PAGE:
07MOSCOW3991, RUSSIA: BUREAUCRATIC ERROR SNAGS HUMAN RIGHTS NGO

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Reference ID Created Released Classification Origin
07MOSCOW3991 2007-08-15 08:31 2011-08-30 01:44 UNCLASSIFIED//FOR OFFICIAL USE ONLY Embassy Moscow

VZCZCXRO0661
PP RUEHDBU RUEHLN RUEHVK RUEHYG
DE RUEHMO #3991 2270831
ZNR UUUUU ZZH
P 150831Z AUG 07
FM AMEMBASSY MOSCOW
TO RUEHC/SECSTATE WASHDC PRIORITY 2929
INFO RUCNCIS/CIS COLLECTIVE
RUEHLN/AMCONSUL ST PETERSBURG 4391
RUEHVK/AMCONSUL VLADIVOSTOK 2343
RUEHYG/AMCONSUL YEKATERINBURG 2642

UNCLAS MOSCOW 003991 
 
SIPDIS 
 
SENSITIVE 
SIPDIS 
 
E.O. 12958: N/A 
TAGS: PGOV PHUM RS
SUBJECT: RUSSIA: BUREAUCRATIC ERROR SNAGS HUMAN RIGHTS NGO 
 
REF: A. MOSCOW 695 (NOTAL) 
     B. MOSCOW 1839 (NOTAL) 
 
1. (SBU) Summary: The NGO "International Youth Human Rights 
Movement" (YHRM) learned last week that it had been 
deregistered by a Nizhny Novgorod court in June.  YHRM has 
appealed the deregistration which, according to Human Rights 
Watch, was apparently the result of compounded bureaucratic 
errors, rather than government targeting of this human rights 
NGO.  YHRM is able to continue operating pending an appeal. 
End Summary. 
 
------------------------- 
Deregistration and Appeal 
------------------------- 
 
2. (U) Prior to 2004, YHRM had been registered locally in 
Nizhny Novgorod, according to its president Andrey Yurov. 
Starting in 2004, YHRM registered as an international NGO 
with the central Federal Registration Service (FRS) as 
required by law of all international NGOs.  At this time, 
even though YHRM was now based in Voronezh and registered in 
Moscow, it was not removed from the Nizhny Novgorod list. 
According to Yurov, the YHRM currently files all required 
annual reports with the central FRS. 
 
3. (U) During the spring of 2007, the Nizhny Novgorod branch 
of the Federal Registration Service (FRS), following a 
request from FRS headquarters to remove defunct NGOs from the 
registration rolls, sent letters to all NGOs on the local 
list who had not filed reports within the prior 12 months. 
The letters notified the NGOs that their registration would 
be revoked and their organizations dissolved unless they kept 
their NGO active by filing the required annual reports.  The 
Nizhny Novgorod FRS had an incorrect address for YHRM, and 
therefore the warning letter was not received.  The Nizhny 
Novgorod court in June noted in its decision that YHRM had 
not responded to the FRS letter and had failed to respond to 
the court hearing notice (also sent to the same incorrect 
address) and declared the group dissolved.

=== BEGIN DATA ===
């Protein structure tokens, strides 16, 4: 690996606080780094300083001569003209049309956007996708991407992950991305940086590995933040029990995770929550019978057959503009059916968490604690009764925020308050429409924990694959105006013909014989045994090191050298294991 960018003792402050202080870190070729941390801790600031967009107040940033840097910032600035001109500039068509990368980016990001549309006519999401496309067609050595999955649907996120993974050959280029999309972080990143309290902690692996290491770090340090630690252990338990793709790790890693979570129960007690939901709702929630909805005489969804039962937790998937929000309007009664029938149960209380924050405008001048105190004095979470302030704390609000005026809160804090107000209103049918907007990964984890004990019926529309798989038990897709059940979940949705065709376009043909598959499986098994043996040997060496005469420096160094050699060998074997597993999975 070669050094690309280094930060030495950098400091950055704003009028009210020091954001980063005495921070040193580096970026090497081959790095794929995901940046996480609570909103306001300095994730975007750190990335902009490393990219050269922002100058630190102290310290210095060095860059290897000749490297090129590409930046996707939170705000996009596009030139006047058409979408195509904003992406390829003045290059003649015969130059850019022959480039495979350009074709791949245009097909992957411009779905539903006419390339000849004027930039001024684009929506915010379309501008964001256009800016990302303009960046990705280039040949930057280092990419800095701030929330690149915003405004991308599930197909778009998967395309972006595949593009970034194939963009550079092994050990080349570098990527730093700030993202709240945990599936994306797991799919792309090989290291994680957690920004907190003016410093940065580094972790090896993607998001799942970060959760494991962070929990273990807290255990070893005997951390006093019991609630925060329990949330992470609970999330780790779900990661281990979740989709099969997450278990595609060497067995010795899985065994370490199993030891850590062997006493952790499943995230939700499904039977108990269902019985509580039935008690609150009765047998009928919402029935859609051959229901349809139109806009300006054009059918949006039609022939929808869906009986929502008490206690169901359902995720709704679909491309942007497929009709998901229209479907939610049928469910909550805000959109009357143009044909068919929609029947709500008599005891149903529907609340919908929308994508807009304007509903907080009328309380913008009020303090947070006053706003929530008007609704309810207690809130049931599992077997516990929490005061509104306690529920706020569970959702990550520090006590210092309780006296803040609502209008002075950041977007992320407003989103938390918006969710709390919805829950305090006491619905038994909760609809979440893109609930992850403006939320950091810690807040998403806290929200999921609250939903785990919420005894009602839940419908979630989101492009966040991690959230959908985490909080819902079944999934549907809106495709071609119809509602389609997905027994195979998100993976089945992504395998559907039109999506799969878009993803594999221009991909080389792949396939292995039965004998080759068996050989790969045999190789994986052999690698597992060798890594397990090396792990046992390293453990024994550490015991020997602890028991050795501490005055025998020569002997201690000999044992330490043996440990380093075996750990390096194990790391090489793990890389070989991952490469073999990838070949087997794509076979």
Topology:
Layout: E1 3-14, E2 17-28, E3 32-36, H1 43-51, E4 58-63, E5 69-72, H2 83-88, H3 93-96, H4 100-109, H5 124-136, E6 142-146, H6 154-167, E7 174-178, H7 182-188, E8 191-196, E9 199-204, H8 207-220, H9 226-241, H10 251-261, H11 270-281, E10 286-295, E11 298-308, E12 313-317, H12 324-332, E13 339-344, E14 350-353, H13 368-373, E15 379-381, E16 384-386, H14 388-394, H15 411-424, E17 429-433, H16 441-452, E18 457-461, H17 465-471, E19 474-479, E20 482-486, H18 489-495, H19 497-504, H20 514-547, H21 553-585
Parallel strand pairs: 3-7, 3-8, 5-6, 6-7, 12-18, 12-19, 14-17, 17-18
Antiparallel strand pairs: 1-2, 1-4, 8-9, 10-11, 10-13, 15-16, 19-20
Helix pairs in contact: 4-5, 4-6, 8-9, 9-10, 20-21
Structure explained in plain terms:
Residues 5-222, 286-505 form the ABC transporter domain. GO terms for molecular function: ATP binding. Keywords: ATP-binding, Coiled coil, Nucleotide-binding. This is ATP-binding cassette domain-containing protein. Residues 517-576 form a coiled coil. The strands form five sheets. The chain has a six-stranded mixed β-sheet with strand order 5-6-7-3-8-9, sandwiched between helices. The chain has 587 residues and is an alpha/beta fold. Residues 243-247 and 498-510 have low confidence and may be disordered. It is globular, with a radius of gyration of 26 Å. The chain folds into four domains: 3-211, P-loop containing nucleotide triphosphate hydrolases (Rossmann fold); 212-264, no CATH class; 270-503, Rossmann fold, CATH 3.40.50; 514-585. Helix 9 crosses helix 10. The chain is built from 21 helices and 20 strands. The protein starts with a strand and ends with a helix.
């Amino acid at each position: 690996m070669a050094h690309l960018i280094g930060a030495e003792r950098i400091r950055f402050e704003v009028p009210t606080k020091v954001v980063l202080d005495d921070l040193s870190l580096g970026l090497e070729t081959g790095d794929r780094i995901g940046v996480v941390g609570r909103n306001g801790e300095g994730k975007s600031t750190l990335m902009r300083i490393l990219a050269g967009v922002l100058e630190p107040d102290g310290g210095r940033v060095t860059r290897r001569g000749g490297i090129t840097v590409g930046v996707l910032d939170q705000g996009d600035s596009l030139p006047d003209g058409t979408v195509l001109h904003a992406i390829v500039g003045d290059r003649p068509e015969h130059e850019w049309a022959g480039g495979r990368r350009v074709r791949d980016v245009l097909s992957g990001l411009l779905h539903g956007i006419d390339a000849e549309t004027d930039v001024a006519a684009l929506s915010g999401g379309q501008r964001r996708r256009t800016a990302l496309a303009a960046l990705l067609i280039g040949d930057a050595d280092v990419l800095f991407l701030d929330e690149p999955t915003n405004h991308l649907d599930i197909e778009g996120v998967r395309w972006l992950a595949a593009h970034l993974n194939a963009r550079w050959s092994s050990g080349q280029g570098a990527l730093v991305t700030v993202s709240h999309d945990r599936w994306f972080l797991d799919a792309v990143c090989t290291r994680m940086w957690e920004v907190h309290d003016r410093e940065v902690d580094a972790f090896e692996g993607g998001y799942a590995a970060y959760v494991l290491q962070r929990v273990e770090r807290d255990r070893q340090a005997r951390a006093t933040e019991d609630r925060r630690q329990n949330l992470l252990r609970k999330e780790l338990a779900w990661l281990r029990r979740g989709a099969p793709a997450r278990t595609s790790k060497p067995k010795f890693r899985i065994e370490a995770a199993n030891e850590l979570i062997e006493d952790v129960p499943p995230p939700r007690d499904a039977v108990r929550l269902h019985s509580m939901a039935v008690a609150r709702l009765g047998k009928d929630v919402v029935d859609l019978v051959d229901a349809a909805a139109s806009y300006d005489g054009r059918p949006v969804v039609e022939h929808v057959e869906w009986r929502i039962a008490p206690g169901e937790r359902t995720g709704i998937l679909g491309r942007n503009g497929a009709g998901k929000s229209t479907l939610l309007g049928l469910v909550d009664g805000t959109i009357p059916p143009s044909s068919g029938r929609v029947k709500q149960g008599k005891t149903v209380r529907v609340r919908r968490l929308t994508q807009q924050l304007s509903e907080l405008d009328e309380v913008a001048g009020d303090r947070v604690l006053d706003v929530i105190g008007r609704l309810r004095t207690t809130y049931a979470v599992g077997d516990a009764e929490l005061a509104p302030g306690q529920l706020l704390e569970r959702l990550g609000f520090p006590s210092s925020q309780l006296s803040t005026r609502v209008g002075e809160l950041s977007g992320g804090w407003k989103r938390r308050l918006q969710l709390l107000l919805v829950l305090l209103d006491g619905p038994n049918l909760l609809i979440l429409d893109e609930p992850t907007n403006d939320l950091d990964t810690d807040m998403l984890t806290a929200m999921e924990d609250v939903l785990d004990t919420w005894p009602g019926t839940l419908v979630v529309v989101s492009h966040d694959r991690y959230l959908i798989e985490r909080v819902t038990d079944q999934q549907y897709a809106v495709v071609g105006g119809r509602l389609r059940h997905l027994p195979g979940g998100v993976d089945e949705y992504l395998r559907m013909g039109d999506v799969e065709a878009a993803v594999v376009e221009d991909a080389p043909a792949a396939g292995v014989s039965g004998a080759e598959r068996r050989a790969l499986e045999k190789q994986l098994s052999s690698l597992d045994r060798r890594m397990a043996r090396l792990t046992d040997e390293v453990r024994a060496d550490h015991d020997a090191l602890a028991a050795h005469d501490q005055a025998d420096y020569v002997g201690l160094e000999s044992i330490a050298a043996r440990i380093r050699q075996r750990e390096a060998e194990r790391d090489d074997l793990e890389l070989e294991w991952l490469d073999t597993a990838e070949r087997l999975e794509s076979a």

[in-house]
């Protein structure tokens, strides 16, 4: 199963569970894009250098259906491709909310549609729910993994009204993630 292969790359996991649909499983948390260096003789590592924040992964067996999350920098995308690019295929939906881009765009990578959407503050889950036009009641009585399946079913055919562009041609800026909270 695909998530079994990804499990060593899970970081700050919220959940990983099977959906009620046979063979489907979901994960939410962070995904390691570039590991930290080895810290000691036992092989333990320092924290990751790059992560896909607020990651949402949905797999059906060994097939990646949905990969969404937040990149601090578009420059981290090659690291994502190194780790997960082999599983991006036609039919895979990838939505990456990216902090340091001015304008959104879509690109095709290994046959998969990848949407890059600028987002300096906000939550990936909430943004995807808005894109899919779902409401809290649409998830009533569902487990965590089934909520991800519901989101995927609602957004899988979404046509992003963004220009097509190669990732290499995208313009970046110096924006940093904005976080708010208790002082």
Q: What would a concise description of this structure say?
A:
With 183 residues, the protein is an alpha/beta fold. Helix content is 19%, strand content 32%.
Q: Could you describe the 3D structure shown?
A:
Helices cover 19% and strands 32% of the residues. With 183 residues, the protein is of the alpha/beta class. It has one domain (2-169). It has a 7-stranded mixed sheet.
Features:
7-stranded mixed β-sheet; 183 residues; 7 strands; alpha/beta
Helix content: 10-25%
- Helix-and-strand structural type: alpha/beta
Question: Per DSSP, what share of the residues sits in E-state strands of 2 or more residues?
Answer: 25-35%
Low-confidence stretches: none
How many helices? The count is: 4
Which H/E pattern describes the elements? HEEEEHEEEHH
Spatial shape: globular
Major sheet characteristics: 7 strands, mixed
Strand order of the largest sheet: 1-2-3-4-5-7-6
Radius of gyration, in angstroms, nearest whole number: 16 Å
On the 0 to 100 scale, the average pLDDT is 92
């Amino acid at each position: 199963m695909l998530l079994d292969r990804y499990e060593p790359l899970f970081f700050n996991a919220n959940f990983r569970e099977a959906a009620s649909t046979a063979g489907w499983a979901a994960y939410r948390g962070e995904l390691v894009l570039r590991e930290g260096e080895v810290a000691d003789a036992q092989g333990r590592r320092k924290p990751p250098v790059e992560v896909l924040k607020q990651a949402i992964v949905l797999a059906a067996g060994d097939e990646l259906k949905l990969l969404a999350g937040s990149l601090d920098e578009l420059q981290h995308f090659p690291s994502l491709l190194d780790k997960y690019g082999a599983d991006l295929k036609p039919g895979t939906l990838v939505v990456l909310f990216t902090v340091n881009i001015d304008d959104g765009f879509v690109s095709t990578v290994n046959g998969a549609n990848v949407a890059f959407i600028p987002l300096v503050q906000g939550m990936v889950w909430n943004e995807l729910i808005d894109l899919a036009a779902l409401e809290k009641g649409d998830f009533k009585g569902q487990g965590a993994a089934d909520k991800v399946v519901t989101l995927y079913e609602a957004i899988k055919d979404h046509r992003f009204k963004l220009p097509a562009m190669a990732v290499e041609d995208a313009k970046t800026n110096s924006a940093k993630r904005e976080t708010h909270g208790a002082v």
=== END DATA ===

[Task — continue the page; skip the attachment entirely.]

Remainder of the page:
4. (U) On August 9, YHRM filed an appeal with this district 
court on the grounds that neither the FRS nor the court had 
properly notified them of the pending actions, as required by 
law.  YHRM attorney Olga Gnezdilova told us that, following a 
successful appeal, YHRM will then contest the original FRS 
allegations with evidence that YHRM has filed annual reports 
with the Moscow FRS for the last four years.  YHRM has 
requested that the district court rule on the appeal within 
10 days (a limit also specified in the law).  Complete text 
of the district court decision and the YHRM appeal may be 
found at www.defence.yhrm.org. If the district court denies 
the appeal, Yurov said that he plans to appeal to the oblast 
court, supreme court, and European Court of Human Rights as 
needed.  In the meantime, the deregistration decision has not 
taken effect, and YHRM is able to operate freely. 
 
--------------------- 
A Mistake, not Malice 
--------------------- 
 
5. (SBU) Inara Golpe-Langenushka of Human Rights Watch told 
us that they had been following the case closely, but were 
convinced that this was a bureaucratic error, not an attack 
on human rights groups.  The Nizhny Novgorod branch of the 
FRS had tried to comply with the requirements to remove 
defunct NGOs from the registry and simply had the wrong 
address. 
 
6. (SBU) Poloff met with Gnezdilova and YHRM President Andrey 
Yurov during a August 6-8 trip to Voronezh.  Gnezdilova and 
Yurov complained about the red tape that NGOs face trying to 
comply with the 2006 NGO law (Refs A and B).  "Even small 
NGOs require one or two staff members just to comply with the 
federal regulations," said Yurov. 
 
7. (SBU) Comment: The fact that YHRM is being allowed to 
continue to operate pending an appeal suggests that this 
indeed does appear to be a case of bureaucratic error. 
Nonetheless, this case merits close attention, and we will 
track the progress of Yarov's appeal and subsequent actions 
by the Nizhny Novgorod FRS. 
RUSSELL

Wikileaks

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